HR is at a crossroads, as technology can now accomplish many of those traditional responsibilities faster, cheaper, and better after more than 100 years of existence. It is believed that the first human resources department was established by The National Cash Register Company in 1901 following a bitter strike.
Then referred to as “personnel,” the new department’s role was largely compliance-based, and focused on record keeping, workplace safety, wage management, and employee grievances. A hundred years later, a lot of organisations are still running HR that same way; focusing on risk, focusing on compliance, focusing on the transactional side of it, but there’s this whole new era, and things like unions and pensions and transparency of the workplace have changed.
Today there are countless recruiting platforms, onboarding programs, and talent management systems available to employers, and many have argued that HR as a whole will have to quickly adapt or face extinction. It is now moving from transaction to interaction.
For many years, people have screamed that we are approaching the death of the HR function. However, the people who shouted it out were just a little too early or just being a little bit extreme, but it’s been happening for many years.
While the writing has been on the wall for some time, many factors that point to this outcome have only recently come to fruition. Recruiting software has become more advanced and cost-effective, big data has become a centerpiece of talent management, and 2015 marks the first year that millennials represent a majority of the workforce, a generation that makes career decisions differently than previous ones.
It will lead to drastic changes in the role of human resources departments moving forward. A tipping point doesn’t necessarily spell the end of HR, only an evolution, perhaps even an opportunity.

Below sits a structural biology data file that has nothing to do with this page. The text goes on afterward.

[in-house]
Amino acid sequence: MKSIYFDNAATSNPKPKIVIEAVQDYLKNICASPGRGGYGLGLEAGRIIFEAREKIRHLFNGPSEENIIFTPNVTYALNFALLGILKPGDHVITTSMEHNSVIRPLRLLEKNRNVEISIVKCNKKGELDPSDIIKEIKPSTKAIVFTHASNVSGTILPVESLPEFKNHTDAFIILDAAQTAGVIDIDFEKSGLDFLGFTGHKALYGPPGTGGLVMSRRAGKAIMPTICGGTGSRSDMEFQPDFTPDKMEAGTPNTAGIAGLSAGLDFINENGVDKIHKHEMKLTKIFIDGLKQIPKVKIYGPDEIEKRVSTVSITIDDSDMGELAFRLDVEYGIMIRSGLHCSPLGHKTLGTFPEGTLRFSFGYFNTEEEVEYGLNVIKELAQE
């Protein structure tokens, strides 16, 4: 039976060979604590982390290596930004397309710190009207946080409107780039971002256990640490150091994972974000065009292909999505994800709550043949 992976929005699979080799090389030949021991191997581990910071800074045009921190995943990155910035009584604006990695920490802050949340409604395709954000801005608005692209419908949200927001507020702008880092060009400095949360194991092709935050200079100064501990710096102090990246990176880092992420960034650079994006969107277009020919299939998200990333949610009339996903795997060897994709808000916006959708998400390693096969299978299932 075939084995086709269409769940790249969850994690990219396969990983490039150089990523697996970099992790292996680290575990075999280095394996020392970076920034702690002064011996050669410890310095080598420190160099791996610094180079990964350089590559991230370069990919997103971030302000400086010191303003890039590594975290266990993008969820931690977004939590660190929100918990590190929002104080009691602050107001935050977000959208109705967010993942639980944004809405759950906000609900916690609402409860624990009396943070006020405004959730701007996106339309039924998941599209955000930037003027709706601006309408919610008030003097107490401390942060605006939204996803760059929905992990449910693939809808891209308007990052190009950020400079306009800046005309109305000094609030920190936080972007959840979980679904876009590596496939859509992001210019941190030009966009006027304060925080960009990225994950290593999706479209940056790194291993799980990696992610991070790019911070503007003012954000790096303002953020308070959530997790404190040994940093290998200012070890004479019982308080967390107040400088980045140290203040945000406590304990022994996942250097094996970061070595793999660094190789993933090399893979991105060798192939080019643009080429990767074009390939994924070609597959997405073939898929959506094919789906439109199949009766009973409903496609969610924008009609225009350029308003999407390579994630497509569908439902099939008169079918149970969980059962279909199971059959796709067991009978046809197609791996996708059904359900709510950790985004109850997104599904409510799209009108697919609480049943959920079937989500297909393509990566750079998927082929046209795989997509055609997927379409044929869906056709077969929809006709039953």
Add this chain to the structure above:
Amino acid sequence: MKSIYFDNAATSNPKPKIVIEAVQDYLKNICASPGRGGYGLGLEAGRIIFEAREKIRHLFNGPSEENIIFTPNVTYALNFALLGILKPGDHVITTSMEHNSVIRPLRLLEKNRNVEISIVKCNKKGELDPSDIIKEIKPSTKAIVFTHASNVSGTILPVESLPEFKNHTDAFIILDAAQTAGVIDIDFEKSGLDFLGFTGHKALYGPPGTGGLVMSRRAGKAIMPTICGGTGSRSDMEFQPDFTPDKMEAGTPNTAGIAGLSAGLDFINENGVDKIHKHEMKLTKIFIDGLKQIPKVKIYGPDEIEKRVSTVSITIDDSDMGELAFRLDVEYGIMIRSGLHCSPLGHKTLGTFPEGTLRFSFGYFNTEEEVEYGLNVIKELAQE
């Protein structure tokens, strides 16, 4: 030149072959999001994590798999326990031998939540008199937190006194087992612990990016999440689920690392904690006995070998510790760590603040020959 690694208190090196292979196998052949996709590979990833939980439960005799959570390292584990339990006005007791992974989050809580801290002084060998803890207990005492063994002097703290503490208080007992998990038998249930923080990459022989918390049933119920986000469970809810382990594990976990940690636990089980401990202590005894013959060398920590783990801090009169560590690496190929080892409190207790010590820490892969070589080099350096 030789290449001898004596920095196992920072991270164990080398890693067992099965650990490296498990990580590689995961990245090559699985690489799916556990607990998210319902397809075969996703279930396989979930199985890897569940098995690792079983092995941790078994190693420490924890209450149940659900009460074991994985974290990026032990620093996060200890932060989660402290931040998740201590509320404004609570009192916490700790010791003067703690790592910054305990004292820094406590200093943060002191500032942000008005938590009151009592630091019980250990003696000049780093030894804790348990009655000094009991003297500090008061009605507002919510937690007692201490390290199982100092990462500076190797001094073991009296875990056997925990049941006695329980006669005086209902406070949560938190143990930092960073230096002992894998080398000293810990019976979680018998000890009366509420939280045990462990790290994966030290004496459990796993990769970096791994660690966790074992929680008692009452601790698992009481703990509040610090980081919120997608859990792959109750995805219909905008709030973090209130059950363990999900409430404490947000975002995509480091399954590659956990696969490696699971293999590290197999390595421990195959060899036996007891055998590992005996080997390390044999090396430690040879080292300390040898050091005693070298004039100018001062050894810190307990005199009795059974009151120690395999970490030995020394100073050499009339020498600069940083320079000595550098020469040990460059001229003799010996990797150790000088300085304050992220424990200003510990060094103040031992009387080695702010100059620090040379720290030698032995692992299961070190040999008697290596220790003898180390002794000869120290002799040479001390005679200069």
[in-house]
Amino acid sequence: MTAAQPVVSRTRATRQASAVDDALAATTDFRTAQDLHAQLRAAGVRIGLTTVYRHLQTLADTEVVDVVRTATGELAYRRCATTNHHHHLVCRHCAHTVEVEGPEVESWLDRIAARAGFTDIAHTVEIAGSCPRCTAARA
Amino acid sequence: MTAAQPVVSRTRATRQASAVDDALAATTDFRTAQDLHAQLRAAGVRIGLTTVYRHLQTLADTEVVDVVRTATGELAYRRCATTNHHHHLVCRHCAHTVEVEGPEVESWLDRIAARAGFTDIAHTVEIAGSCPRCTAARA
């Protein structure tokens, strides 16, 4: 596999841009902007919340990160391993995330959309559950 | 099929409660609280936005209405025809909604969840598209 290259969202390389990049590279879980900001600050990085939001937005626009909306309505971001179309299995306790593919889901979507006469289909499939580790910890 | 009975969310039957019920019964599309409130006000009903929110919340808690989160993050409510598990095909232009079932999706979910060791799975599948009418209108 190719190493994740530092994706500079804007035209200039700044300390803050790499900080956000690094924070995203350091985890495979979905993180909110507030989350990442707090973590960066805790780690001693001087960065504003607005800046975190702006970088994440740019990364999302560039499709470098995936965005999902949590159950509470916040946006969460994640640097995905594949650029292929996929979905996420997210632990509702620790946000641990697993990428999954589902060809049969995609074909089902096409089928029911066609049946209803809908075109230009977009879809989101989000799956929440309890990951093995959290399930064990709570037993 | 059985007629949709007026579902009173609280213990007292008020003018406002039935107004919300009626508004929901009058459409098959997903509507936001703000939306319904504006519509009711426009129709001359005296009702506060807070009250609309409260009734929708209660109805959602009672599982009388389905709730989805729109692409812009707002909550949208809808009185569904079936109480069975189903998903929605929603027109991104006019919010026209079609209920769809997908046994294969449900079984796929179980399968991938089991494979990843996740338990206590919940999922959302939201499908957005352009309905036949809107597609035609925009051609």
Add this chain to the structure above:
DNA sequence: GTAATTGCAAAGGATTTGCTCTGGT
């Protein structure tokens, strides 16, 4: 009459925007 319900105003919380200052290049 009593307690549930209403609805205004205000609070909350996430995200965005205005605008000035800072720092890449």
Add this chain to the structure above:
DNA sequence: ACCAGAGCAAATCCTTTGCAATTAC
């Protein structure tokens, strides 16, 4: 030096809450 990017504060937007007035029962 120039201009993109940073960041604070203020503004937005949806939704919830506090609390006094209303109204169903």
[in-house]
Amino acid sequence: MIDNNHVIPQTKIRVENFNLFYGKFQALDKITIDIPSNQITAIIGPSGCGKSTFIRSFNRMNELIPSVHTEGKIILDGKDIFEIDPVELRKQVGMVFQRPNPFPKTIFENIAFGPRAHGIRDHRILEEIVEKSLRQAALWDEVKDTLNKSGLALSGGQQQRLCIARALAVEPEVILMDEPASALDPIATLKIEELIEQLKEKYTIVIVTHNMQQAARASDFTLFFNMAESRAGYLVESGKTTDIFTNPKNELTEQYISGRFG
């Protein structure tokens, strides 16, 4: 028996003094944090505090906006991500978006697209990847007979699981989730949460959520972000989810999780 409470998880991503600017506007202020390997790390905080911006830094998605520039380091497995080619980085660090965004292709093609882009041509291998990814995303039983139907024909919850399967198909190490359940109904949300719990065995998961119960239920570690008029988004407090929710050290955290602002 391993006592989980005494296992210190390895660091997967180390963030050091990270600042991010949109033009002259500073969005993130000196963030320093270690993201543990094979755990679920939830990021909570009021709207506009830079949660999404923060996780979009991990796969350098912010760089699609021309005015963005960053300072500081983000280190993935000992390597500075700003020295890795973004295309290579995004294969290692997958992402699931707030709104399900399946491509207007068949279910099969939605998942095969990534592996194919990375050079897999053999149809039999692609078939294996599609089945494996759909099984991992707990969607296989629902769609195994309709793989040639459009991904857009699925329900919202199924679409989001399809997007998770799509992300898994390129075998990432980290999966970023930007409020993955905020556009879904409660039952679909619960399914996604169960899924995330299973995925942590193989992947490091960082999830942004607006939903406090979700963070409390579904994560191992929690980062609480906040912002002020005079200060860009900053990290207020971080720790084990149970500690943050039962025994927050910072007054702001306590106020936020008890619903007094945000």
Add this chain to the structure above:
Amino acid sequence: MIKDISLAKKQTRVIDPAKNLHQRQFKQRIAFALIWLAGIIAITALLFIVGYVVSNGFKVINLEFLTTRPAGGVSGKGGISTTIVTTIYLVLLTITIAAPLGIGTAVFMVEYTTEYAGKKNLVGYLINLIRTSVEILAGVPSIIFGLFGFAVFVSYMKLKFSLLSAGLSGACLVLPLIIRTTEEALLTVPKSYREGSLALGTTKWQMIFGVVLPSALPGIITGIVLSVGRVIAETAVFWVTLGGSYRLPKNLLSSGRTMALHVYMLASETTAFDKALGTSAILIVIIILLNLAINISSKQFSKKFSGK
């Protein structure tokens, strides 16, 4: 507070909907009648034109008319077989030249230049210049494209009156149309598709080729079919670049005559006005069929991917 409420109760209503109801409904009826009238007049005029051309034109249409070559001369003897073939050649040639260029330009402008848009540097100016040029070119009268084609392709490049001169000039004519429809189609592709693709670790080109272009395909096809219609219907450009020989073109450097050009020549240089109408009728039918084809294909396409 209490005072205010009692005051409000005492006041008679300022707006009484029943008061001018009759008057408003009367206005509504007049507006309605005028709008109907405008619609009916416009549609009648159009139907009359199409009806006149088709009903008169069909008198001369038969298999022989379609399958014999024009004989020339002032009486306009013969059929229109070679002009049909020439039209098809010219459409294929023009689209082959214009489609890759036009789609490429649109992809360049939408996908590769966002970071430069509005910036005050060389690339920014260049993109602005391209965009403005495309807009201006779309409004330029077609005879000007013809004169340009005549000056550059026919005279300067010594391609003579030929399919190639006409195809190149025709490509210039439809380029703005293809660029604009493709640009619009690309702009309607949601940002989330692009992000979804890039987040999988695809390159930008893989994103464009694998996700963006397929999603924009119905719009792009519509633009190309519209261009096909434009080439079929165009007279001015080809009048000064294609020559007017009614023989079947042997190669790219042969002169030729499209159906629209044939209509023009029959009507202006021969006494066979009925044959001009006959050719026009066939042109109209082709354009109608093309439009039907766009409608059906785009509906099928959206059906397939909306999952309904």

As recruiting gets more competitive and organisations put further emphasis on acquiring and retaining top talent, many believe that HR professionals of the near future will be part of the core management team.
See: Human Resources: Is HR Essential or Obsolete?
But the industry has thus far been slow to react to these changes. In a recent survey by Deloitte, only 22% of respondents said that HR is adapting to the changing needs of their workforce, and only 20% feel that HR can adequately plan for the company’s future talent needs. It also predicted that 60% of enterprise recruitment technology would be replaced in the next 18 months.
The study, titled “Reinventing HR: An Extreme Makeover,” points to some of the areas where skills need to be improved, such as applying social technologies to the HR management function, embracing social media for talent acquisition, enabling greater innovation and customer satisfaction, and increased knowledge sharing through social technologies.
Those are capabilities that many HR organisations have not yet honed. HR is typically looked toward as the stewards of culture, but if you don’t have those capabilities to bring the culture to a new place, specifically around innovation and driving customer satisfaction, HR is going to struggle, and the organisation is going to struggle as a result.
The study also found that 80% of survey respondents believe that their company’s HR skills are a significant issue, a gap that will need to be accounted for quickly in order to meet the demands of this new era in HR.
HR professionals that embrace the opportunities that technology can provide, however, are able to better allocate their time toward gathering insights beyond their own four walls, outgrowing the traditional concentration on internal compliance. An example regarding the evolution of financial management, which grew from serving basic accounting needs to the CFOs of today, who serve a core function on leadership teams.
Now, we are seeing a very similar evolution in another function known as HR, since some companies have already assigned a chief human resources officer. If you look at the evolution going back to when we called HR ‘personnel,’ it is come a long way as a function since then.
There is a major shift yet again enabled by these tools and technologies that are finally allowing the HR function to look outside the tactical, administrative reporting and data gathering to bring insights and drive business strategy and results.
See also: Revealed, 5 Digital Challenges for Human Resources
Source: Fast Company